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How To Go Gluten Free – The First Two Weeks

by | May 23, 2016

This is not a recommendation to go gluten free. If you suspect gluten is causing you troublesome symptoms, talk to your doctor about testing. Celiac and other test results measure your body’s reaction, so results will be inaccurate in absence of gluten. This is for informational and discussion purposes and is intended to supplement information provided by your doctor or dietician.


However you arrived at this point, you’ve decided that you need to eliminate gluten from your diet. Easy enough, right? Bread and pasta are out, and you can just look for gluten-free labeling for everything else.

It’s not that simple. Knowing how to go gluten free is crucial for those with a serious intolerance or celiac disease. Most people do not know the extent of it. It takes experience, but a solid guide will shorten your learning curve.

How to go gluten free – your first two weeks

Deep clean your kitchen

Now would be a great time to wipe out your cooking utensil drawers, flatware caddies, shelves and cabinets. Check your cookware for baked-on food, and evaluate kitchen appliances for your ability to clean them thoroughly. Flours and food particles like to hide in hard-to-reach parts (think bread machines, etc.), so you may need to replace them.

At first, eat in and eat what you make yourself

This is hard, but restaurants and replacement foods may not be the best idea until you have the lay of the Land of Gluten Free. Trying to fit your restrictions into your current lifestyle could lead to unnecessary frustration and disappointment.

For now, think of it as a completely new way to eat, and add replacement foods and carefully evaluated restaurant meals later.

Think single-ingredient foods

Get used to cooking with whole, unprocessed foods in their most natural form.

If you’re having something with more than one ingredient, check ingredients against this Gluten Free Shopper’s Pocket Guide. (Notice very few use the terms wheat or gluten.)

Check every label, even if you can’t imagine how they would get gluten in there

Some unexpected gluten sources include soy sauce, bullion cubes, broth, salsa, sauces, drink mixes, fried foods, vinegar-brined foods (pickles, condiments), coffee shop beverages, dressings, and more. Gluten ingredients are often used as stabilizers, thickeners, anti-caking agents and more.

So we really, really need to check everything.

Do a detox

If you’re going gluten free, you’ve probably had some troublesome symptoms that led you to this point. To get all the yuck out and restore optimum health as quickly as possible, avoid all unhealthy foods and practices, at least in the beginning. Give your body a chance to recover from the burden it has endured for all these years. This might be a good time to do a full-on detox program to get everything tip top.

Cheating isn’t okay here

Especially in the case of a Celiac diagnosis, optimal recovery from damage and relief from symptoms requires complete absence of gluten. Having “just a little” or a “cheat day” can cause a more pronounced reaction after gluten has been absent for some time, and internal damage may occur even if symptoms are subtle.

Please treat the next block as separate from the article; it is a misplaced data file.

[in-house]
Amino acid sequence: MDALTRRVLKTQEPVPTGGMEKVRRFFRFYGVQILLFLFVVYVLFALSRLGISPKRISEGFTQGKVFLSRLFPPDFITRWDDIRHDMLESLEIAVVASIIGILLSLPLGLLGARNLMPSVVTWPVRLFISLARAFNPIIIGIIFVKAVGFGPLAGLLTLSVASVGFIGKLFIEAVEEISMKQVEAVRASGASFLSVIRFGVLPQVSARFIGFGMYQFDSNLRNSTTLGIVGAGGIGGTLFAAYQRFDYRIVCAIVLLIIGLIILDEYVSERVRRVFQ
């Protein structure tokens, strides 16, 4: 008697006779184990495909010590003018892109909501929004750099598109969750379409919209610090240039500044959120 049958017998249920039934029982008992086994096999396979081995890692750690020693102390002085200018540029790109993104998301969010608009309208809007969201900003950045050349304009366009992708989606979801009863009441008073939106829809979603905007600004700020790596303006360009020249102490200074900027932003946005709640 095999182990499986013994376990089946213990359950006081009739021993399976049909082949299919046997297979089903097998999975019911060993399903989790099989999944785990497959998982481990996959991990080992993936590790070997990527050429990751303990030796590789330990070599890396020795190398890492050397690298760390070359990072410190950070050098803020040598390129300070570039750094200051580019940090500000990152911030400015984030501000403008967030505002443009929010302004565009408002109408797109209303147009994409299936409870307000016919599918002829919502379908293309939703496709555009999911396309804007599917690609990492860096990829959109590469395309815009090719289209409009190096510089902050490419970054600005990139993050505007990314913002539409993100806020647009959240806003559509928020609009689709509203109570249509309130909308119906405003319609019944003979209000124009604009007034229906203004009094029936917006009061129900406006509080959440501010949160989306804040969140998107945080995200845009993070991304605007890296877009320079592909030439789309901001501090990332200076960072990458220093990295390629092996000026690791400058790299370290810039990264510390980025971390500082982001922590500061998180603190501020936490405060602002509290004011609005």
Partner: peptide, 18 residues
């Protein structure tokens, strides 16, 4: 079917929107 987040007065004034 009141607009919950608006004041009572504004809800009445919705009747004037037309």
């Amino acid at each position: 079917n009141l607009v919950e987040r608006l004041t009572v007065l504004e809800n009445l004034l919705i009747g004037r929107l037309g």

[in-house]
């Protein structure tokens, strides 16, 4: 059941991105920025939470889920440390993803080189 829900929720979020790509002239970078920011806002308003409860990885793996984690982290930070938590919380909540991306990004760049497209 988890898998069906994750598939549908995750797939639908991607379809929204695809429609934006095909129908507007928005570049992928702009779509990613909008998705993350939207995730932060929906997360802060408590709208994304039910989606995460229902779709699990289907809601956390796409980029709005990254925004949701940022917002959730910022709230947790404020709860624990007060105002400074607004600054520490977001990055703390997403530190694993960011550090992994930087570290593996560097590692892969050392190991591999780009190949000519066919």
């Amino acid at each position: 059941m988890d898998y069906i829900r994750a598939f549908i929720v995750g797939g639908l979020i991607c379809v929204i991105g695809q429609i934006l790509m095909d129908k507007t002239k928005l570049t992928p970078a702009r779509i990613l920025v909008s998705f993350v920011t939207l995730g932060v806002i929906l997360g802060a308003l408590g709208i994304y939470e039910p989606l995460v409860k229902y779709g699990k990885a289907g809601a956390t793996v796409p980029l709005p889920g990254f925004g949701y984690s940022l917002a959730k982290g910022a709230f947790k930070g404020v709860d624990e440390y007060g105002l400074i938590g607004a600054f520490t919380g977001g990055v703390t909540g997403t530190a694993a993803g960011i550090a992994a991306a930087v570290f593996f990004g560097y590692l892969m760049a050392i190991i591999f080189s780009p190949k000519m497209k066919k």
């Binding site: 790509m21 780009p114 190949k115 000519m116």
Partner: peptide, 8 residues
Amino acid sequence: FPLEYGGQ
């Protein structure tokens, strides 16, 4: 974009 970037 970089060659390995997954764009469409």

Many with a gluten intolerance also cannot tolerate oats

Many resources advising on how to go gluten free claim that oats are okay, but a substantial portion of the gluten free population would beg to differ. People often experience a return of gluten-associated discomforts after consuming oats. Consider avoiding oats and foods containing oats for a few weeks, then consume them to see if you can tolerate gluten free oats.

Don’t forget to check the gluten status of non-food items

Cosmetics, personal care items, and even medicines can contain gluten ingredients. Get into the habit of checking everything that touches your body, and customer service hotlines are your friend.

After a few weeks in the thick of the gluten free lifestyle

Replacement foods

Once you’ve grown accustomed to abstaining and label reading, you may try to venture into the world of replacement foods. Bring along your Gluten Free Pocket Guide to make shopping easier.

Or, even better, you may opt to scrap the processed foods forever!


There are apps available such as Find Me Gluten Free that can help you find a gluten-free meal out with a few taps. For areas or restaurants not covered by the app, you may have to do some detective work. Don’t be ashamed to ask management about cross-contamination, prep areas, cooking surfaces and substitutions. It’s best to call ahead with your questions when possible.

Within a few minutes of talking to the staff, you can tell whether or not they’re gluten literate. If you find yourself having to educate the staff on the basics, the restaurant may not be ready to accommodate a gluten intolerance.

Family gatherings

Unless you have family members who are committed to learning everything there is to learn about gluten and cross-contamination (this is rare – there’s a lot to keep up with), it’s best to eat beforehand or bring your own food. Most often, families try to play along, but they do not understand the ins and outs of the gluten-free kitchen.

This feels awkward because you may not be willing to risk it, but you’ll feel guilty when you’ve seen the trouble someone went through to make something special for you. It’s easier for everyone if everyone knows you don’t eat what you don’t bring.


This seems like a lot at first, but it gets easier. You’ll find that you start remembering what you need to check up on before eating, and before long it’ll be second nature. The unfamiliar territory feeling you’re experiencing now won’t last long.

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